Stanford's message has resonated in the state of Texas over the past few years. While the Card didn't sign a Texan in the 2013 class, a number of the program's best players throughout their BCS run, including Andrew Luck and Stepfan Taylor, hailed from the Lone Star State.
And Simmons isn't the only 2014 prospect the Cardinal is eyeing. Stanford's in good shape with Solomon Thomas, and is very much in the mix with prospects like Nick Watkins and Austin Anderson. They're also recruiting Jamal Adams and Koda Martin, among others.
What about Stanford allows them to succeed recruiting in Texas?
"I think they're starting to really blaze a trail in Texas because when they step into a room, it's a different vibe of what they bring to the table," Simmons said. "Now kids know this is Stanford and they can play football with the best. I think that image and that whole change in Texas is kids are starting to see it and they want more out of life than just football and Stanford gives you the best of both worlds, hands down, I know that the coaches that have come in this week knowing that Brandon committed and talked to him and said, 'You know man, we're so happy for you. It fits you.' They can't really knock Stanford. No one can be like, well, 'Why did you pick Stanford?' The name speaks for itself and every call we've gotten or Facebook message that Brandon has gotten has been very positive because you can't knock Stanford because now they're good in both."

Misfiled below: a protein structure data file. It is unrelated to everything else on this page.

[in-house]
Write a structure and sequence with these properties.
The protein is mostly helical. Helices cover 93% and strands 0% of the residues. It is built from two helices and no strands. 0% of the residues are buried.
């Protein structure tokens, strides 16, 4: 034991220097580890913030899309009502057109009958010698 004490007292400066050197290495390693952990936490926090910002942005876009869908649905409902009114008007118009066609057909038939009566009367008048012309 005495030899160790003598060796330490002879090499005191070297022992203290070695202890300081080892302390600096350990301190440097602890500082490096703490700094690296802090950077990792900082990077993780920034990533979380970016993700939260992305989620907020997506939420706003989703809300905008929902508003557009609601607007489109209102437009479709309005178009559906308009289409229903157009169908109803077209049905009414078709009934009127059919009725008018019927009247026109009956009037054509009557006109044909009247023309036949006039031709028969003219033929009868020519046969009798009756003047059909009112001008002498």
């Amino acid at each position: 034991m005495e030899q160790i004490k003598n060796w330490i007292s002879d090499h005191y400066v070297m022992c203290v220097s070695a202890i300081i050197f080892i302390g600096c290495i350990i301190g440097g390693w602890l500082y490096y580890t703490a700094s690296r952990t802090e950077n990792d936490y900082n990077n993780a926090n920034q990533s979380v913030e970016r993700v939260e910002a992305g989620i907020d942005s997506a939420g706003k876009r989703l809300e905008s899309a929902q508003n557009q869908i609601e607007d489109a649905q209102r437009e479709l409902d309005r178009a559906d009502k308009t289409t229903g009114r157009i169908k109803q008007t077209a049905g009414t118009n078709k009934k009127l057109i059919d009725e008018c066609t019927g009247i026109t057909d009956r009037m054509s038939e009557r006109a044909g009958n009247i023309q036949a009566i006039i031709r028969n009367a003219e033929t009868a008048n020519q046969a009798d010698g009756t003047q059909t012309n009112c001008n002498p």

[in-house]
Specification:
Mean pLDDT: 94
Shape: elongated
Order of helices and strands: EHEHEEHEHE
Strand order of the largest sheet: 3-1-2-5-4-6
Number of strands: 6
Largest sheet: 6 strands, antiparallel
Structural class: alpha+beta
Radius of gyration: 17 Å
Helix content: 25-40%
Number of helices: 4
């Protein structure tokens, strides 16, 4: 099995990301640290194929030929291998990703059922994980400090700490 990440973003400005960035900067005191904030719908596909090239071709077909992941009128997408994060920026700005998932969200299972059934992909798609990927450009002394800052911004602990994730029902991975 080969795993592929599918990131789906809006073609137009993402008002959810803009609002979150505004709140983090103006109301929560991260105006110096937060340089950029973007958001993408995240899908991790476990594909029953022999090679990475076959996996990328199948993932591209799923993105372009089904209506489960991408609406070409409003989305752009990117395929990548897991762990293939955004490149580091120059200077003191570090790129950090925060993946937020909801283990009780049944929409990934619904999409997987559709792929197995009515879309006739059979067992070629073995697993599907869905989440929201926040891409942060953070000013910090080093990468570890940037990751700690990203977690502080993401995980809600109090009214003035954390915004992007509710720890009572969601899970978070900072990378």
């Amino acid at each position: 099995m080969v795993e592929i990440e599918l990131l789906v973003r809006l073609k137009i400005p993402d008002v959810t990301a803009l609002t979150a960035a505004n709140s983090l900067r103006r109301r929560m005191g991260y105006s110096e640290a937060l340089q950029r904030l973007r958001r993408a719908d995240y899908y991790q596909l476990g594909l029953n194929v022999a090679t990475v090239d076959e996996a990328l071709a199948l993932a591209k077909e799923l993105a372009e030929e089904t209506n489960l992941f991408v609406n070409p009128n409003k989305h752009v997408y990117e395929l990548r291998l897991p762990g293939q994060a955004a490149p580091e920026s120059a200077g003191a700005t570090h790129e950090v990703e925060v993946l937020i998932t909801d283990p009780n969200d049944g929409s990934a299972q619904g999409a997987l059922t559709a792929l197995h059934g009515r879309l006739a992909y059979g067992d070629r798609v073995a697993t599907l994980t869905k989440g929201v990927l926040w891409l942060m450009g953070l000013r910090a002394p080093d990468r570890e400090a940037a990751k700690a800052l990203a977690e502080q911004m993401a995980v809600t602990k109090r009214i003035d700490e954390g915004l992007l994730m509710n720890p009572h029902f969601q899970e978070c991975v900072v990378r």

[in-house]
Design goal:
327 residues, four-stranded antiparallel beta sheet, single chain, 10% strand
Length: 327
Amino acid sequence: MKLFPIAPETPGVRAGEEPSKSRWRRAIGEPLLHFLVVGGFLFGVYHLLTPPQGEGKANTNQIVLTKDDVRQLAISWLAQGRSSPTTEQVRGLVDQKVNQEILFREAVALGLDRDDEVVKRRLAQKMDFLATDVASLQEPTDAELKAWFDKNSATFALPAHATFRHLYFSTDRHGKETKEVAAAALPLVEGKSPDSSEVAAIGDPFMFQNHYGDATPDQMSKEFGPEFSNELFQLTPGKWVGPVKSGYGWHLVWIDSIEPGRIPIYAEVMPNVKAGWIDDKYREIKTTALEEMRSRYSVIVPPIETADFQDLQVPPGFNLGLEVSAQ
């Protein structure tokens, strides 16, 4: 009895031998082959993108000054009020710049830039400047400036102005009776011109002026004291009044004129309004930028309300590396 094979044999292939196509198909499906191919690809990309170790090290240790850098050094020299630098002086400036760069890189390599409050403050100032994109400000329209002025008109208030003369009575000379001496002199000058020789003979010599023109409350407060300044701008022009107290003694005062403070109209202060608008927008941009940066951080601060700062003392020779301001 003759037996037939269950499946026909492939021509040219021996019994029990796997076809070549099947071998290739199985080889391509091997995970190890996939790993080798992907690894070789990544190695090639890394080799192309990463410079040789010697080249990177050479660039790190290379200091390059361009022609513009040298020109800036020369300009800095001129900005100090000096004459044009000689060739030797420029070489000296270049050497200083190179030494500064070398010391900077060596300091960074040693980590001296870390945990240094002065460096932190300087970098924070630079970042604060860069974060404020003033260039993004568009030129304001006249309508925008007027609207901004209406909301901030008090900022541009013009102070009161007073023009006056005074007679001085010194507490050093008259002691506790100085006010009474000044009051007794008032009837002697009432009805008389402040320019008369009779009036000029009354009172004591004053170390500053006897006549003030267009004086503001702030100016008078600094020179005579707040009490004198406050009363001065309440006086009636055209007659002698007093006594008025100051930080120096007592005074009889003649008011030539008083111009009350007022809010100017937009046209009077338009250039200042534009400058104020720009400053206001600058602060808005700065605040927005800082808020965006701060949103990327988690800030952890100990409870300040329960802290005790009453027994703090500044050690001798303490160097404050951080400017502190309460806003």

Related: Brandon Simmons talks commitment